20-22 May 2015
Asia/Bangkok timezone
The Centennial Celebration of General Relativity Theory and 80 Years of Thai Physics Graduate

Sequential Signal Generator for Yeast Separations

21 May 2015, 08:00
3h
Board: BIO-09
Poster presentation Biological Physics and Biomedical Engineering Poster-2

Speaker

Sakshin Bunthawin (Biotechnology of Electromechanics Research Unit, Science of Physics, Faculty of Technology and Environment, Prince of Songkla University, Kathu, Phuket 83120, Thailand)

Description

The multiple-parallel plate electrode equipped with a sequential signal generator (SSG) (to be patented) has been developed for on-site yeast separations in the brewery industry. Dead and living yeast cells were separated by using non-uniform sinusoidal electric fields. The SSG was developed from our previous lab-scale version to produce a sinusoidal phase to generate out-of-phase electric fields for on-site operation with ranging frequency of 1 kHz-1 MHz and the output voltage range of 1-30V${}_\mathrm{pp}$. The phase difference addressing on the opposite electrodes are fixed as $\pi$ radian and its phase sequence can automatically be altered and circulated within interval time of 30 seconds (changed by a step of 0.01-30 second). Experimental results showed that living yeast cells of the brewery company exposed in the electric field strength ranged from 14 to 143 kV.m$^{-1}$ exhibited positive dielectrophoresis (cells attach to the electrodes) at the lower critical frequencies between 81.00-89.00 kHz (the optimized frequency was 82.43 kHz) if the medium conductivity ($\sigma_s$) was between 0.01-0.30 S.m$^{-1}$. These electrical conditions imply that yeasts being translated to the tip of electrodes were living cells. Percent yield of positive dielectrophoresis can be employed to evaluate the number either living or dead cells quantitatively. Moreover, the value of the lower critical frequency was shifted towards greater values when $\sigma_s$ was increased. The spectra of both positive dielectrophoresis of the living and dead cells were different resulting in difference of cells dielectric properties i.e. the conductivity of the yeast cytoplasm ($\sigma_c$) of the dead cell was less than that of the living yeast cells (typically, the living cell has a cytoplasmic conductivity of about 0.2 S.m$^{-1}$).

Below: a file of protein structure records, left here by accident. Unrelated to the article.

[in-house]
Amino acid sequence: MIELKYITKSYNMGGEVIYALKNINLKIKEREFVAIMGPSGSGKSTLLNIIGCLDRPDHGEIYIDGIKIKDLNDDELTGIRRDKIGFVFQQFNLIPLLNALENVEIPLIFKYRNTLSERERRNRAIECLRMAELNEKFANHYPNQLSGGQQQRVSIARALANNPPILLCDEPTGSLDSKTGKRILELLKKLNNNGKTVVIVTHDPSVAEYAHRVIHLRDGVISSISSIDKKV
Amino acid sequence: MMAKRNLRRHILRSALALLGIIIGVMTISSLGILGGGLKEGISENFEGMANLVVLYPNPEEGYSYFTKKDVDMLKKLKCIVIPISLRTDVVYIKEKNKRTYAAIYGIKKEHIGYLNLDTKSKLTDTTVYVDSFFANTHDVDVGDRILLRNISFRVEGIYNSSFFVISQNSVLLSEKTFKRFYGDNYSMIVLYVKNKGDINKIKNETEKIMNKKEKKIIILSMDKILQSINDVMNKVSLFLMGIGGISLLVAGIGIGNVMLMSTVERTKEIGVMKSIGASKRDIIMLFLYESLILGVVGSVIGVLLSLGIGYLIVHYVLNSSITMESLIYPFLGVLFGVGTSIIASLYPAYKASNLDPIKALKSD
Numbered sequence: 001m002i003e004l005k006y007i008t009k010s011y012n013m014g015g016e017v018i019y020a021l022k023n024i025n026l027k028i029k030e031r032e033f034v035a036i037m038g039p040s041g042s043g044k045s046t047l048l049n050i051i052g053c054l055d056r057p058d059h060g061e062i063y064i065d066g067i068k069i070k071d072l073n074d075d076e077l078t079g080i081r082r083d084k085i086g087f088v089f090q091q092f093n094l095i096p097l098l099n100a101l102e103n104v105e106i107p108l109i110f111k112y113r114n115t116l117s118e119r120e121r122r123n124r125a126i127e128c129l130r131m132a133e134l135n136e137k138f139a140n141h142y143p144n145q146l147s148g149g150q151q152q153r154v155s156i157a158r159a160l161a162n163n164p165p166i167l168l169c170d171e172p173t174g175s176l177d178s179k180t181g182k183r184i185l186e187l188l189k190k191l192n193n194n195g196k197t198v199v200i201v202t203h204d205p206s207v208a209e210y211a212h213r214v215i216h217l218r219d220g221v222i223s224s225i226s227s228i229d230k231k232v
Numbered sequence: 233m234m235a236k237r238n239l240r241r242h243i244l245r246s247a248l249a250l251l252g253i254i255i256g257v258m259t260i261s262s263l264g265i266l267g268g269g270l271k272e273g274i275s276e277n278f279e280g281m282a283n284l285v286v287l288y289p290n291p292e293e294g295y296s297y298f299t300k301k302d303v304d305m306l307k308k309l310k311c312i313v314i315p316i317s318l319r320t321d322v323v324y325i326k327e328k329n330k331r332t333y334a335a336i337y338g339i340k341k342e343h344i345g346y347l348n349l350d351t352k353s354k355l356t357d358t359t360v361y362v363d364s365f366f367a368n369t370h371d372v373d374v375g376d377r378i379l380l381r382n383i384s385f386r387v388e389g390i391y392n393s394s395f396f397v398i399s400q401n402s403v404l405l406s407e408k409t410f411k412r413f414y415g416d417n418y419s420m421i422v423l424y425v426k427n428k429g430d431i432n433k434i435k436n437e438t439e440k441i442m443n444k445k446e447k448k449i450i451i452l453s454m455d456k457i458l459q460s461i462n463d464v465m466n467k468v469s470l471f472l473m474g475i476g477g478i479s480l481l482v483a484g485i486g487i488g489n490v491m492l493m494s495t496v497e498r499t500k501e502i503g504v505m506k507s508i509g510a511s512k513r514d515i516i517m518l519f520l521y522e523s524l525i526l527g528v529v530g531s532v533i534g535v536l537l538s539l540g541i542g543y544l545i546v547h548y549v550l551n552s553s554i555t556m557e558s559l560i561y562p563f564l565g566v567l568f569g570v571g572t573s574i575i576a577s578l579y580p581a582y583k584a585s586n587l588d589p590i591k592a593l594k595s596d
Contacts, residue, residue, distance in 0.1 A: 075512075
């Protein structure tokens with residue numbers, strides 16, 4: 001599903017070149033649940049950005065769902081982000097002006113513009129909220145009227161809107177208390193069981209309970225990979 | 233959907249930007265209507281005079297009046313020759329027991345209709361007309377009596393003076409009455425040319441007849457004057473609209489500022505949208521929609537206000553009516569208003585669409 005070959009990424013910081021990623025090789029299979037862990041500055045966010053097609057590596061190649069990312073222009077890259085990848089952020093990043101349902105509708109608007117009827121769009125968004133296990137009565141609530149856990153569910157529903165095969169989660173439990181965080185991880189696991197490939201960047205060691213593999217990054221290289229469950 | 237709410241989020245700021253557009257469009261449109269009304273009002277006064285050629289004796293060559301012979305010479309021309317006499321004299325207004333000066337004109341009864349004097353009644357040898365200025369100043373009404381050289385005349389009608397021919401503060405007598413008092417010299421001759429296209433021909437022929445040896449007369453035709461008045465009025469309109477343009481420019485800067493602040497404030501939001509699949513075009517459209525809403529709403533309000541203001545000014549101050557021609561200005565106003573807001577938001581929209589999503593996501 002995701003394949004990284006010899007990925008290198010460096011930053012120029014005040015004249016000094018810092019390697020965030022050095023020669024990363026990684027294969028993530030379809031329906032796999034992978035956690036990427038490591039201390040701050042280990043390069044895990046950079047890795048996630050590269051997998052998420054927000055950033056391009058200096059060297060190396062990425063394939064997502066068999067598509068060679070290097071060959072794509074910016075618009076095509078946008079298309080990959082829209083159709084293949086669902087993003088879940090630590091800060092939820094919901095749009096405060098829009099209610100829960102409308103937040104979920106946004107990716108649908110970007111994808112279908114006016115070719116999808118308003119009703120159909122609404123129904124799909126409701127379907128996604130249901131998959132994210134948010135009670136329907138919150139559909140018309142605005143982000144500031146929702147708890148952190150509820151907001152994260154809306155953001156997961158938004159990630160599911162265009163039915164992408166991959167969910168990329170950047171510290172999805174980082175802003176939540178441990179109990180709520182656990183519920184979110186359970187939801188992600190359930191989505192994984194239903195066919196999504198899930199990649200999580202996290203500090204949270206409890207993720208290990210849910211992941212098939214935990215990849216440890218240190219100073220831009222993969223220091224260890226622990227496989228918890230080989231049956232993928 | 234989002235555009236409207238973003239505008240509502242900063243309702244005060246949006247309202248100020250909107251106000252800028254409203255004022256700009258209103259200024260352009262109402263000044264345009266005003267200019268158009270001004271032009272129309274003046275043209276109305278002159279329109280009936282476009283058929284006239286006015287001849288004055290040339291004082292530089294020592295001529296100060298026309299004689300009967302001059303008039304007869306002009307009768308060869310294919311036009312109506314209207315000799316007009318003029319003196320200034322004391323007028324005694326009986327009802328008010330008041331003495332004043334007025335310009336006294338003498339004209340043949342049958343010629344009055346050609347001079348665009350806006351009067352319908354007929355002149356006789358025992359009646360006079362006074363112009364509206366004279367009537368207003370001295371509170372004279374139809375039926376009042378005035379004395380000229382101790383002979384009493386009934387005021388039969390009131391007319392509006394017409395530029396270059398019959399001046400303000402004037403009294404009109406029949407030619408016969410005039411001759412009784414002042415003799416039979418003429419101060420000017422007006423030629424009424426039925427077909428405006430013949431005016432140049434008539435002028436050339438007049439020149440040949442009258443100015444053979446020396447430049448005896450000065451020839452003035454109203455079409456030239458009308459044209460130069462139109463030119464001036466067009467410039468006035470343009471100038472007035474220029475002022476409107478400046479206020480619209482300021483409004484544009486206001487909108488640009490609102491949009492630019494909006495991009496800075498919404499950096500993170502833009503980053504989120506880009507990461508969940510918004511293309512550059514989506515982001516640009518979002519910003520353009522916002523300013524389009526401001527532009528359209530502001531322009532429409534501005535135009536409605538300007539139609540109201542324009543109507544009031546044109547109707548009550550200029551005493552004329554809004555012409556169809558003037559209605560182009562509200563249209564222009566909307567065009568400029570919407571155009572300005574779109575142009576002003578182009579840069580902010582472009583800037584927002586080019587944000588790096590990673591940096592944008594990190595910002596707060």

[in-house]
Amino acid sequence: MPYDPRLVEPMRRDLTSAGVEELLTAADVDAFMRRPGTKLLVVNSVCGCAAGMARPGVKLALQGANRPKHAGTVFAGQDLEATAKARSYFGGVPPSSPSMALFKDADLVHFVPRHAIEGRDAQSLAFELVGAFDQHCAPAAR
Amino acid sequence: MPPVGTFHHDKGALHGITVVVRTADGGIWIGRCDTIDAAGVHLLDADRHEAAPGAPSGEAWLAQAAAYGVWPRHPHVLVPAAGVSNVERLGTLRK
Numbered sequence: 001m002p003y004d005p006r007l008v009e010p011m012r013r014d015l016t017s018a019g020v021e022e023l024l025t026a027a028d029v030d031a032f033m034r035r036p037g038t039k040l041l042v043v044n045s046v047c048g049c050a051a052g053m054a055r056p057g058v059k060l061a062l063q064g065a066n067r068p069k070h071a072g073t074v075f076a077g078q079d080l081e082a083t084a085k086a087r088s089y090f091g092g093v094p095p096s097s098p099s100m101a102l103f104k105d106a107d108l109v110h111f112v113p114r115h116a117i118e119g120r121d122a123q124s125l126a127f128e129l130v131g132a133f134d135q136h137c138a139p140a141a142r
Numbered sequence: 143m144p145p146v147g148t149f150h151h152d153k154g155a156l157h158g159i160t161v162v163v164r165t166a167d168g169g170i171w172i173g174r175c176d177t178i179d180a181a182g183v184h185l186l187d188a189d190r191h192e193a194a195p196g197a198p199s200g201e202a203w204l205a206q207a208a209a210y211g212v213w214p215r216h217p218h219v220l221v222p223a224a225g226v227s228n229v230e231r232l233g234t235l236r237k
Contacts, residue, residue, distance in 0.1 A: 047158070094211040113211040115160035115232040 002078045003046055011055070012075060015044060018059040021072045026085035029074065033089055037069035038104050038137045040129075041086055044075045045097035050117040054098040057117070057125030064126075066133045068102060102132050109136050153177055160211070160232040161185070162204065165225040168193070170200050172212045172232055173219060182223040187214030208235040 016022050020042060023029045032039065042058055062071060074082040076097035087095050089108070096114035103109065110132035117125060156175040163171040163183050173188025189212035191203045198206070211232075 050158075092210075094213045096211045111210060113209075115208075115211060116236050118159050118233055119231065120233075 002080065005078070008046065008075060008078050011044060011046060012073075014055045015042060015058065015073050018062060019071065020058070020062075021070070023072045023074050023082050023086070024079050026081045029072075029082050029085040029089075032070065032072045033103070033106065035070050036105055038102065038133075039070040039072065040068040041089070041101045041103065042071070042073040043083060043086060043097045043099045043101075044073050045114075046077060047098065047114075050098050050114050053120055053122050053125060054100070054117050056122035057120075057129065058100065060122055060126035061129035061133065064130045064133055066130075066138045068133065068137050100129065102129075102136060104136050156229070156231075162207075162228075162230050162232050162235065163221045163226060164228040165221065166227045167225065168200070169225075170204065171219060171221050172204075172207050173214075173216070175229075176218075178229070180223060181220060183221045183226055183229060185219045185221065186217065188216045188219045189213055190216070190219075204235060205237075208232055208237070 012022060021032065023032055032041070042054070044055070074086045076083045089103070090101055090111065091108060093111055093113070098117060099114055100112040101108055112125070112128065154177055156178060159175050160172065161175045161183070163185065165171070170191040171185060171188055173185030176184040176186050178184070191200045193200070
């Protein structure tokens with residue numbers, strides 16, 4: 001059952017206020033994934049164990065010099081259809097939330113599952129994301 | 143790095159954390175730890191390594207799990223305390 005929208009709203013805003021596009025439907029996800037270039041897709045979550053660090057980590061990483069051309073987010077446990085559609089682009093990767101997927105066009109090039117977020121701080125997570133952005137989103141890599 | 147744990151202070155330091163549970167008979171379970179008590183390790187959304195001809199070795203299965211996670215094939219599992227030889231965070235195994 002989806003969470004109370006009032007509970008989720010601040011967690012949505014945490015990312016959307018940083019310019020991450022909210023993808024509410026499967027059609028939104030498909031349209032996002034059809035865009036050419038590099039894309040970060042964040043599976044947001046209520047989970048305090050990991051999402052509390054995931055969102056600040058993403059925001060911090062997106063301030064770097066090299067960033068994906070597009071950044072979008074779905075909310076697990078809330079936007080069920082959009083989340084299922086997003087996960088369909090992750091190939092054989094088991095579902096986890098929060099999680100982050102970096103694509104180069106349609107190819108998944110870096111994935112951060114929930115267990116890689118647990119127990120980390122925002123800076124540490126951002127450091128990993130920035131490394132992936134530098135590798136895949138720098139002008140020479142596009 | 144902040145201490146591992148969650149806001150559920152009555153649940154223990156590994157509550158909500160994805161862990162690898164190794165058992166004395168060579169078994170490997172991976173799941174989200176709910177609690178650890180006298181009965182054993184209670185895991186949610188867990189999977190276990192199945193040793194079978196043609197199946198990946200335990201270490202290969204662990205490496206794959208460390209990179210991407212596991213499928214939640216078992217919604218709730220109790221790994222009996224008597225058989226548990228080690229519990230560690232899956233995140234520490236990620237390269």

Primary author

Sakshin Bunthawin (Biotechnology of Electromechanics Research Unit, Science of Physics, Faculty of Technology and Environment, Prince of Songkla University, Kathu, Phuket 83120, Thailand)

Co-authors

Adisorn Tuantranont (Nanoelectronics and MEMS Laboratory, National Electronics and Computer Technology Center (NECTEC), National Science and Technology Development Agency (NSTDA), Ministry of Science and Technology (MOST), Pathumthani 12120, Thailand) Mr Kata Jaruwongrungsee (Nanoelectronics and MEMS Laboratory, National Electronics and Computer Technology Center (NECTEC), National Science and Technology Development Agency (NSTDA), Ministry of Science and Technology (MOST), Pathumthani 12120, Thailand)

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